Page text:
best books of 2023 so far

Best Books I’ve Read So Far This Year

At the halfway point of 2023, here are the highlights of my reading year so far, including a Saudi Arabian novel, a history of Algeria and an Australian masterpiece.

At the halfway point of 2023, here are the highlights of my reading year so far, including a Saudi Arabian novel, a history of Algeria and an Australian masterpiece.

I haven’t been doing my usual monthly reading roundups this year, so here’s a summary of the best books I’ve read so far in 2023.

The Narrow Road to the Deep North by Richard Flanagan

The Narrow Road to the Deep North by Richard Flanagan

I read this book recently, and it instantly became the best book I’d read this year, and one of the best books I’ve read for a very long time. It’s a story of lost love, missed opportunities, the brutality of war, small moments of unexpected humanity and compassion in the midst of barbarism and suffering… Loads of huge themes, all handled masterfully. I listened to the audiobook, narrated by Flanagan himself, while driving for thousands of kilometres on deserted roads in Western Australia, and the bleakness and beauty of the prose moved me to tears on several occasions.

The Seven Moons of Maali Almeida by Shehan Karunatilaka

The Seven Moons of Maali Almeida by Shehan Karunatilaka

This innovative Sri Lankan novel starts off with the death of Maali Almeida and then follows Maali into the afterlife, where he has seven moons to work out who killed him and help his loved ones to find the photographs that will reveal the truth. It’s a wonderfully creative novel that explores themes of sexuality, mortality, love, friendship, political corruption and much more. The structure and execution reminded me of the Turkish novel 10 Minutes 38 Seconds in This Strange World by Elif Shafak, which was one of my best books of 2019.

The Ministry for the Future by Kim Stanley Robinson

The Ministry for the Future by Kim Stanley Robinson

I’ve written here about the urgent need for us all to write about climate change in better ways, ways that overcome catastrophism and inertia and provoke serious conversations about how we can overcome this crisis. This is a novel that avoids far-future post-apocalyptic hellscapes and instead deals with the horror that is to come in just the next few decades. But while remaining clear-eyed about the inevitable suffering that we have already locked in by our stupidity and greed up to this point, it also provides a realistic tale of a pathway towards collective survival. At times, the story and characters get a bit lost amid the detailed ideas and theories, but Robinson has tackled huge, urgent topics head on, and I applaud him for it. There’s loads in here to think about. It’s a wake-up call and a prescription for possible action, and we’ll need more books like this if we are to survive much beyond this century.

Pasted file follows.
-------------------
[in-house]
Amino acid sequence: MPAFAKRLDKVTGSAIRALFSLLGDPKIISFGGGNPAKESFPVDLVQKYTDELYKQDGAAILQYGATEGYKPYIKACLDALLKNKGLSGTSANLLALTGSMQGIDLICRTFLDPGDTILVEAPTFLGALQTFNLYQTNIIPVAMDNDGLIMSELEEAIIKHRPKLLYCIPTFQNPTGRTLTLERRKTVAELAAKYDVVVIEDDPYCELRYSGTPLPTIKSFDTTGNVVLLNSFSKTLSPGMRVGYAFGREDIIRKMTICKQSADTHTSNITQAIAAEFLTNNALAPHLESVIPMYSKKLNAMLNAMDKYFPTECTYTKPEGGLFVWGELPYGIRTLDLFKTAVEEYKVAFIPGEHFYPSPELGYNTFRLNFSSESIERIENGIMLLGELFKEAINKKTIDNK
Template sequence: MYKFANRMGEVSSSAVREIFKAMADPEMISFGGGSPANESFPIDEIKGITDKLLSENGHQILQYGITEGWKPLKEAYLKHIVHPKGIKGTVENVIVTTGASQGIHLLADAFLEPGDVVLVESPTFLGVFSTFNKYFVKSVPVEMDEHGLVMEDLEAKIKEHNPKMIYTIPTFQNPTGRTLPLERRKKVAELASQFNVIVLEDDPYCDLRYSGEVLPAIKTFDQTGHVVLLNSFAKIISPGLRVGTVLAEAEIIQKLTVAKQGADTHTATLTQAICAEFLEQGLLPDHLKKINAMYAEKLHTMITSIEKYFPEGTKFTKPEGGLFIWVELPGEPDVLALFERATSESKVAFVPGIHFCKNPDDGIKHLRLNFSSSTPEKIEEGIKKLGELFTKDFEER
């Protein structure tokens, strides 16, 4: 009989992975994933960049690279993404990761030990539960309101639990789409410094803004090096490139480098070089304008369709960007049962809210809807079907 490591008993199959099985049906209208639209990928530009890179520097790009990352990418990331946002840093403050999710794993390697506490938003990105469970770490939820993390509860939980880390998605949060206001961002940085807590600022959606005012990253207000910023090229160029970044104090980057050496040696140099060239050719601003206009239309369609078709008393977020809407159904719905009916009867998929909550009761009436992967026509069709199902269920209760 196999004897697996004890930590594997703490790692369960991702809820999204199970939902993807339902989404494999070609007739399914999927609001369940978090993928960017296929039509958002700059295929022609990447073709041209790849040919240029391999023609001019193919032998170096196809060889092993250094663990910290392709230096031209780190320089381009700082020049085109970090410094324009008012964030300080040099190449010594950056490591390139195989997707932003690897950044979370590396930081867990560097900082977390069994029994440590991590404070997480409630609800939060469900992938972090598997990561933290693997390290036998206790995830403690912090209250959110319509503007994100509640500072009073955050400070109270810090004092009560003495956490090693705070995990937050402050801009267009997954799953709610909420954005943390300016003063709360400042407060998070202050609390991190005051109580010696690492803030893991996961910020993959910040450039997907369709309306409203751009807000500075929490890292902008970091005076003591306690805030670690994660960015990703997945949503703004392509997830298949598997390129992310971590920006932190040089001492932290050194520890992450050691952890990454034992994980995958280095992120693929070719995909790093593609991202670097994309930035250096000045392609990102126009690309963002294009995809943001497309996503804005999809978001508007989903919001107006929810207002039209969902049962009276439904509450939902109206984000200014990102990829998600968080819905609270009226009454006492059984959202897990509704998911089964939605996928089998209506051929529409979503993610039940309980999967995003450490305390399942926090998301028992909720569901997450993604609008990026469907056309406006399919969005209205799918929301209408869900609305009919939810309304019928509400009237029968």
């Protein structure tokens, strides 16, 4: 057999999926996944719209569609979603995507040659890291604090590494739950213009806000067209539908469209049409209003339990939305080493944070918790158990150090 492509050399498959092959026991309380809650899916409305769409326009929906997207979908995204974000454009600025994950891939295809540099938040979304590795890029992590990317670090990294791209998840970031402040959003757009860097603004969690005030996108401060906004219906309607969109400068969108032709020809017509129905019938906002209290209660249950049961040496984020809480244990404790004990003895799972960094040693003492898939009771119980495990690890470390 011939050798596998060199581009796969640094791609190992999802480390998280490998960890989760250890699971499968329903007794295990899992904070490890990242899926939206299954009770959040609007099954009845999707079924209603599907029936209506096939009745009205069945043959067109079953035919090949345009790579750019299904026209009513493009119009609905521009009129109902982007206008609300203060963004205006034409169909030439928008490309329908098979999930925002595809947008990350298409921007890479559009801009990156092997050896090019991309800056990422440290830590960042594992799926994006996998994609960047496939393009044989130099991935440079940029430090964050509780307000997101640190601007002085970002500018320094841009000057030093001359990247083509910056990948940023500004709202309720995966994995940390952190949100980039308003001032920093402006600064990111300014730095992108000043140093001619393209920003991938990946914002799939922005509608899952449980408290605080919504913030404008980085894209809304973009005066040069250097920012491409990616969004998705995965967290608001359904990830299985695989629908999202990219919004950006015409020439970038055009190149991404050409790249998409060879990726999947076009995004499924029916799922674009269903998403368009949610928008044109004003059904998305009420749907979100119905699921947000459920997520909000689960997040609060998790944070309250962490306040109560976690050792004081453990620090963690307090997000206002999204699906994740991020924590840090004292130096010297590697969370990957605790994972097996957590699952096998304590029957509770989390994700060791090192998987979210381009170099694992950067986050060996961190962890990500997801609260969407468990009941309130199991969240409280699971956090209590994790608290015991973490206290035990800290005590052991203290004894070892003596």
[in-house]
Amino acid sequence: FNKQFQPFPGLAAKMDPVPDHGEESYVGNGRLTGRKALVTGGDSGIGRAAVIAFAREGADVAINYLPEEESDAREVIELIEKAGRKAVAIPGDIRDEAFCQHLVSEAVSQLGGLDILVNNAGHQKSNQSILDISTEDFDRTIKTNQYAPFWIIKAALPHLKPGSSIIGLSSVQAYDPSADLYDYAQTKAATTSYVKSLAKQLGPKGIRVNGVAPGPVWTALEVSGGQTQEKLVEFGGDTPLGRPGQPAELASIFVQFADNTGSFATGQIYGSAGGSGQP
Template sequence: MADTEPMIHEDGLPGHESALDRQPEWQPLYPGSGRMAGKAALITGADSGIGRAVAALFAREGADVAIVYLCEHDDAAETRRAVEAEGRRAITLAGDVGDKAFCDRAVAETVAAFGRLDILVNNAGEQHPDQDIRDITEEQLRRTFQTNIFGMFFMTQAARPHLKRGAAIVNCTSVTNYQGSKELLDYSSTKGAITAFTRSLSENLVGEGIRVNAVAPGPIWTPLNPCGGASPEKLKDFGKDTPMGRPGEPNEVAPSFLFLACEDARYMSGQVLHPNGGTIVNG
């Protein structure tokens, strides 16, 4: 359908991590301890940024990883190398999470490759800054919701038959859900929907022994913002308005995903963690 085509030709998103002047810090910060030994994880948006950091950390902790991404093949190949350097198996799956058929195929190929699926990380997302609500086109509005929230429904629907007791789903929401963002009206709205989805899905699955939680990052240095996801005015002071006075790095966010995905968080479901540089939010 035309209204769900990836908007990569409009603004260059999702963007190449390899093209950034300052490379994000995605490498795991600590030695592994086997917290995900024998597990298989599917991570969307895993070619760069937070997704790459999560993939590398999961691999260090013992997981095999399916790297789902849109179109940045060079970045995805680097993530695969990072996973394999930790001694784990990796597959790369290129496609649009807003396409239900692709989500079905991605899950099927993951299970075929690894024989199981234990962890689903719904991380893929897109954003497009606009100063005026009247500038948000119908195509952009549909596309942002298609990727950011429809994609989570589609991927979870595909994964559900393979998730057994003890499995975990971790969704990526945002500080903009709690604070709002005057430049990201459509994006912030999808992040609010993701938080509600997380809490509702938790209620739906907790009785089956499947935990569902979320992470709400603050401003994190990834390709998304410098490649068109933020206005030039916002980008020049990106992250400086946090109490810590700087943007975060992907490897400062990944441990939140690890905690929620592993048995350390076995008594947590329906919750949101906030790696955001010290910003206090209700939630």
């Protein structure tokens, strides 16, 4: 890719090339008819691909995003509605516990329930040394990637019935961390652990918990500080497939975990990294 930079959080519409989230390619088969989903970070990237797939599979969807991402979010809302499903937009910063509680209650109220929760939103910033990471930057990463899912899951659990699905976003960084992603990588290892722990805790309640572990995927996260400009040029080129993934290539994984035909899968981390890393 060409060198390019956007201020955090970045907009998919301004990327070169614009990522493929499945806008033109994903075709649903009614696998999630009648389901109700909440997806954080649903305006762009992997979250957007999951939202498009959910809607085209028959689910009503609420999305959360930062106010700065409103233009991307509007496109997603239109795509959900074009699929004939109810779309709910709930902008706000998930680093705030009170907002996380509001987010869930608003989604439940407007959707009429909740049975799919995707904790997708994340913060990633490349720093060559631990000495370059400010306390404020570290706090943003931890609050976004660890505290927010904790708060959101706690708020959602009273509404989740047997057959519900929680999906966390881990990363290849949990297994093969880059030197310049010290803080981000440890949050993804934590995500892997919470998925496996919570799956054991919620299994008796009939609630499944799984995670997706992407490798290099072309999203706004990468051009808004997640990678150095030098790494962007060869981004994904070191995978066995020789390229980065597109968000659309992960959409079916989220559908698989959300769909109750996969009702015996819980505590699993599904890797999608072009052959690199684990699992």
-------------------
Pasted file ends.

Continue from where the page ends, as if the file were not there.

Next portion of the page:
A Savage War of Peace by Alistair Horne

A Savage War of Peace	by Alistair Horne

I spent three weeks travelling around Algeria earlier this year, and I wanted to understand the history of the country. This book gave me all the understanding I could have wanted, and a lot more besides. Did you know that more than a million Algerians died in the war to gain independence from France in the 1950s and 60s? More than a million. I didn’t know that, and I think that if a European country kills a million people in the middle of the 20th century, it should be common knowledge. This book tells the whole tragic story in all its brutal, barbaric, senseless detail. It was very, very tough to read, but as a comprehensive account of an important moment in history, it was a thoroughly impressive achievement.

Spare by Prince Harry

Spare by Prince Harry

Yeah, I’m surprised too. I’m sure I’m not the target audience for this book because (a) I never read celebrity autobiographies and (b) I have zero interest in the Royal Family unless we’re talking about abolition or reparations, neither of which are covered in this book. And yet I found Spare to be a well-written and compelling account of Prince Harry’s life so far, giving me an insight into all the pressures of life as a prince, the toxicity of the media, and the strain of life in a toxic family.

Because I don’t really pay attention to the Royals, a lot of what I read was completely new to me. Although I had a vague idea of how intrusive and mendacious the British media and paparazzi can be, I was shocked by the details and by the level of vitriol, which increased exponentially after Meghan came on the scene and threatened to upstage the rest of the family. The odd thing is that Spare doesn’t match most of the accounts of it in the media. Although the book does criticise other members of the family, it’s not the all-out attack on William and Charles that it’s often presented as. Instead, it’s primarily an attack on abhorrent media practices, and I found it to be a very compelling one.